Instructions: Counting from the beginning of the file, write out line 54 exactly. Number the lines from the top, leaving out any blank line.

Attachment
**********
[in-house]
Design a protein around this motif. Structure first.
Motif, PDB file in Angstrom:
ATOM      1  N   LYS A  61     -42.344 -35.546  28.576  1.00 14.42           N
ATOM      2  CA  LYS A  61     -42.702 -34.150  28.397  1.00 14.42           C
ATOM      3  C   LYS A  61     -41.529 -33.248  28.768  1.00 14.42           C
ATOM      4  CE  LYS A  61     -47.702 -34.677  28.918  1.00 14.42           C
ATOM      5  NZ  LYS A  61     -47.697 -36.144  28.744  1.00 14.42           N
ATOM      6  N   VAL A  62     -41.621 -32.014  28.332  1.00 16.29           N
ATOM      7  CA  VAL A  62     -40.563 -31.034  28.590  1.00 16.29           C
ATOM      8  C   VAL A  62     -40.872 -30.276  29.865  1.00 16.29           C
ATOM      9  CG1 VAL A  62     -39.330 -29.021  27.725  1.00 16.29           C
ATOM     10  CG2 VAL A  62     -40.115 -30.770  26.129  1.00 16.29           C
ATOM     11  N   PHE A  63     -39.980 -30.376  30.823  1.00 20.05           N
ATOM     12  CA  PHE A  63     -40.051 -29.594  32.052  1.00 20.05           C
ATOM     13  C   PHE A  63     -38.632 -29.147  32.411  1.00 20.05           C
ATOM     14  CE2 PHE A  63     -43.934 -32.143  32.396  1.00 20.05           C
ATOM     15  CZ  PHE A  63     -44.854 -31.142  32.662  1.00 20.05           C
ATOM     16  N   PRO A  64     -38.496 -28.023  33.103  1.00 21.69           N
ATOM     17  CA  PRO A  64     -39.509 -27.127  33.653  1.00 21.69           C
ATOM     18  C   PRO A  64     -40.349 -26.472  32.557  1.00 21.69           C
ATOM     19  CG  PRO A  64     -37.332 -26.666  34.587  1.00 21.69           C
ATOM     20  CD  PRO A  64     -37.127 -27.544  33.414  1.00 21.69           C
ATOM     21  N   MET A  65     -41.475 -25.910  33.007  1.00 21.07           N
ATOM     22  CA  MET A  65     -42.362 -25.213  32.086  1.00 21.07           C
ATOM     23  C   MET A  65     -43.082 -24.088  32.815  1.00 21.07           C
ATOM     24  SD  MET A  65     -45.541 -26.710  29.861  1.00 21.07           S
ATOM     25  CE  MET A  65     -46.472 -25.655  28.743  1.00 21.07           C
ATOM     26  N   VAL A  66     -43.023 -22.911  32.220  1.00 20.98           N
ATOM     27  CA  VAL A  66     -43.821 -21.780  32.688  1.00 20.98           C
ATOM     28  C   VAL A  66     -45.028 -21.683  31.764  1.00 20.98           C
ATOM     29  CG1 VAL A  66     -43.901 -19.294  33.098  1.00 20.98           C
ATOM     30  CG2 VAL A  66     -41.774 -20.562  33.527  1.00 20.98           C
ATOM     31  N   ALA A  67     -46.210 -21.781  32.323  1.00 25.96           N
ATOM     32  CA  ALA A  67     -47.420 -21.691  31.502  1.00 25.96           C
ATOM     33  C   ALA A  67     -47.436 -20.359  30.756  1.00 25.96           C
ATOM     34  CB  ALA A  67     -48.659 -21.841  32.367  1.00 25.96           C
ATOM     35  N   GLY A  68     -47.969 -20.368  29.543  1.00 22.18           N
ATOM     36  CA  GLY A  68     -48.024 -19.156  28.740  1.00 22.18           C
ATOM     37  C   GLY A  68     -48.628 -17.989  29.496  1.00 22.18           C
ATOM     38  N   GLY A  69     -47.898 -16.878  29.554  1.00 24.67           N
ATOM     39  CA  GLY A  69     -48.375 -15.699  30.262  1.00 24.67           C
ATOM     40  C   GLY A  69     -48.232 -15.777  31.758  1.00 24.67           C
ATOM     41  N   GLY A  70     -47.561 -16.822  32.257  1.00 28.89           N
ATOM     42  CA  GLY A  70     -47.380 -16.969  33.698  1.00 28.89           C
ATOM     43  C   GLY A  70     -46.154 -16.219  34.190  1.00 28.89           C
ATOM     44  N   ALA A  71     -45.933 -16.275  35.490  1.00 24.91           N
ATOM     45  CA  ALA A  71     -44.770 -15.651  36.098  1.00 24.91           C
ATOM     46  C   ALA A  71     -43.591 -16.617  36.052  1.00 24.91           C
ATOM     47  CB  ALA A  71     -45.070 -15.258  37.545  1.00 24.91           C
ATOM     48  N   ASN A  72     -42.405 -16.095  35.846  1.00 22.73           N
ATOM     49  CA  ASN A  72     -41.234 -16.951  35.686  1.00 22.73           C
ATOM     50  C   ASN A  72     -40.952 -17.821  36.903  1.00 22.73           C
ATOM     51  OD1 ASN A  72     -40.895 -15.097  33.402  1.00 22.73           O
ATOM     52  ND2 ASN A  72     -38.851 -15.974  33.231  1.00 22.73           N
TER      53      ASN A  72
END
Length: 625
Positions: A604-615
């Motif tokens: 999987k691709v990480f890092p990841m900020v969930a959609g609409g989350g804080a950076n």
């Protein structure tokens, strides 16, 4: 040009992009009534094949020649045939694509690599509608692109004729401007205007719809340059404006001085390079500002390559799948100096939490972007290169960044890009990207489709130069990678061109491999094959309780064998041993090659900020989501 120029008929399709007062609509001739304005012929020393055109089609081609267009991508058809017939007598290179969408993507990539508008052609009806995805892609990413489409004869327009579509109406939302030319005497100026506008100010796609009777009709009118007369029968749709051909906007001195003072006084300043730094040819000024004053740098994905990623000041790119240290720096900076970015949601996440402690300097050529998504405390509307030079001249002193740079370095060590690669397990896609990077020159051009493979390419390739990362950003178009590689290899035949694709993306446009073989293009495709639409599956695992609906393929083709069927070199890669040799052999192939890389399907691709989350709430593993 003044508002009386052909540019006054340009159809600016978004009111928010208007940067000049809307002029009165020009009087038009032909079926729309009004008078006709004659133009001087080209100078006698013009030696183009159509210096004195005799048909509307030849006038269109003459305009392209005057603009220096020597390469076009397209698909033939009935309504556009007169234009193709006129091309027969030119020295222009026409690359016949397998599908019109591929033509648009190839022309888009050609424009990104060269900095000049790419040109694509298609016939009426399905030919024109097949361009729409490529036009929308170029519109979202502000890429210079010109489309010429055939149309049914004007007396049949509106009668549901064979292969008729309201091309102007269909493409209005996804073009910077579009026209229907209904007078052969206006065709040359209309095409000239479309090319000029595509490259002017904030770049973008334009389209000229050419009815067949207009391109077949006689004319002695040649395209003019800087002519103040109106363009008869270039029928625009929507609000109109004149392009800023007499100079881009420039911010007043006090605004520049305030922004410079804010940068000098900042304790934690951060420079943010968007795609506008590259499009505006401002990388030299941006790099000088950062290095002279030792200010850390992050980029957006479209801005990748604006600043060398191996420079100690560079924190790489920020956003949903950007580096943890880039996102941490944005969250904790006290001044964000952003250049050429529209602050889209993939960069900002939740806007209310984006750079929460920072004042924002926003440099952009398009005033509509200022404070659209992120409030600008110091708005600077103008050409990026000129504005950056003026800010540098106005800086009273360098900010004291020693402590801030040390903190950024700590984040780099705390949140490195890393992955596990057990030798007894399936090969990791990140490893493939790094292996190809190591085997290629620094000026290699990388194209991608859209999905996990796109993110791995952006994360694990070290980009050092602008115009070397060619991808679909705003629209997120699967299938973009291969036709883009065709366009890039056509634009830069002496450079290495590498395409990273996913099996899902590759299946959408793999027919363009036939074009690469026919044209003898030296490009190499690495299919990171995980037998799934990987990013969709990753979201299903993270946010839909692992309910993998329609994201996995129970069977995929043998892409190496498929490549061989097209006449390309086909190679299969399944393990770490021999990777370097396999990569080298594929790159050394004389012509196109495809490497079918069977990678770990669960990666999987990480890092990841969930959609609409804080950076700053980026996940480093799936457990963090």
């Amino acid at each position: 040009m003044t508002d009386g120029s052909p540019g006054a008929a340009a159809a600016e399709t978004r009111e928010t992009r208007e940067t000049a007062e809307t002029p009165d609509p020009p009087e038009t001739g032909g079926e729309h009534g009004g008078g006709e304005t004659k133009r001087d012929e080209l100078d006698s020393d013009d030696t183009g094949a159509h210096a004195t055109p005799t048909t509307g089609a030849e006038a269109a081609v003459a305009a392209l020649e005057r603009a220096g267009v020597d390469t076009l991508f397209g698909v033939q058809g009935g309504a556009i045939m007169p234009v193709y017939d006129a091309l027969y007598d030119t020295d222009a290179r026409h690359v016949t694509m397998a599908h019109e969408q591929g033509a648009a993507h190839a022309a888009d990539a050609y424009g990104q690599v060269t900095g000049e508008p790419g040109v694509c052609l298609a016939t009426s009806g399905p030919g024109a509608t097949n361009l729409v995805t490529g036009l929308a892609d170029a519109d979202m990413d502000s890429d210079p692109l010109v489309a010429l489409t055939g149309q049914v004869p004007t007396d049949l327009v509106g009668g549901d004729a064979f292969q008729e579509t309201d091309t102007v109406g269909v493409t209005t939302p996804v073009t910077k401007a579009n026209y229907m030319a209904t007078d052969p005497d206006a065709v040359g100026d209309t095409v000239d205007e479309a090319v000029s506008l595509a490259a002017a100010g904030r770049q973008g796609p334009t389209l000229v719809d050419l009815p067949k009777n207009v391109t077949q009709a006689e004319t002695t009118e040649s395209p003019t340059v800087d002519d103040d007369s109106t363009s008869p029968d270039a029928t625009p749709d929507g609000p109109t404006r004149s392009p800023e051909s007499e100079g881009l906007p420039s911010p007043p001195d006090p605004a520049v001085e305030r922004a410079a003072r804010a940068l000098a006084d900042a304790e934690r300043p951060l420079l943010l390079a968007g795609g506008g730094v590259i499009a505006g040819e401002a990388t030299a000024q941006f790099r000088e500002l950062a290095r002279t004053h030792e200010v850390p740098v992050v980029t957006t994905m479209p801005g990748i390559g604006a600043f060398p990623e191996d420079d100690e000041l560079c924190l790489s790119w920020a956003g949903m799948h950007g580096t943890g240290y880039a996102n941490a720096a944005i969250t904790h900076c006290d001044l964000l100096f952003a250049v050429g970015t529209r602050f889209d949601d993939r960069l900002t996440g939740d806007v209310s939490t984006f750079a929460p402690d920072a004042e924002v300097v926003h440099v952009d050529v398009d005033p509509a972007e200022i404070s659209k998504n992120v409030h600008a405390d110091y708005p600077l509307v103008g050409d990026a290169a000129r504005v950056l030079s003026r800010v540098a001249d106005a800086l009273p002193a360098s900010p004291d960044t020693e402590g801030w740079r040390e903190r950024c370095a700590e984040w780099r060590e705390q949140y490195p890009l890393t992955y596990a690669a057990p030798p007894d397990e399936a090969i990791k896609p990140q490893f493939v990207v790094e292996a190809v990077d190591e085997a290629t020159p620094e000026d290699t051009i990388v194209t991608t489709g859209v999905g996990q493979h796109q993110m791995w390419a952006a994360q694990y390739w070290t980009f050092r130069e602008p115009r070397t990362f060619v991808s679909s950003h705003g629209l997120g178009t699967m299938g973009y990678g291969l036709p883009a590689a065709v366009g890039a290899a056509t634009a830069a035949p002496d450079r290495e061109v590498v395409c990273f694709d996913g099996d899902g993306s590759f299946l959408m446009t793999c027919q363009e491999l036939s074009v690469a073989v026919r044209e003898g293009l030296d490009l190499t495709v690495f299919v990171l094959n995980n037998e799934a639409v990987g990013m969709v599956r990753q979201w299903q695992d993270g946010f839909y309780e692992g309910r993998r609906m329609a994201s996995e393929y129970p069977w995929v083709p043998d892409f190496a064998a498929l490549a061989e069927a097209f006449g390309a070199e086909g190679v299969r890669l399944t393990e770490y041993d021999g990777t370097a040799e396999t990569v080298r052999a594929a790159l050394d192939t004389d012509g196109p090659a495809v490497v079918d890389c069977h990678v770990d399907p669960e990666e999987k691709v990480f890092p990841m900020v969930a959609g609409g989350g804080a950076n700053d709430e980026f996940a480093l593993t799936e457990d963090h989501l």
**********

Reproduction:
ATOM     51  OD1 ASN A  72     -40.895 -15.097  33.402  1.00 22.73           O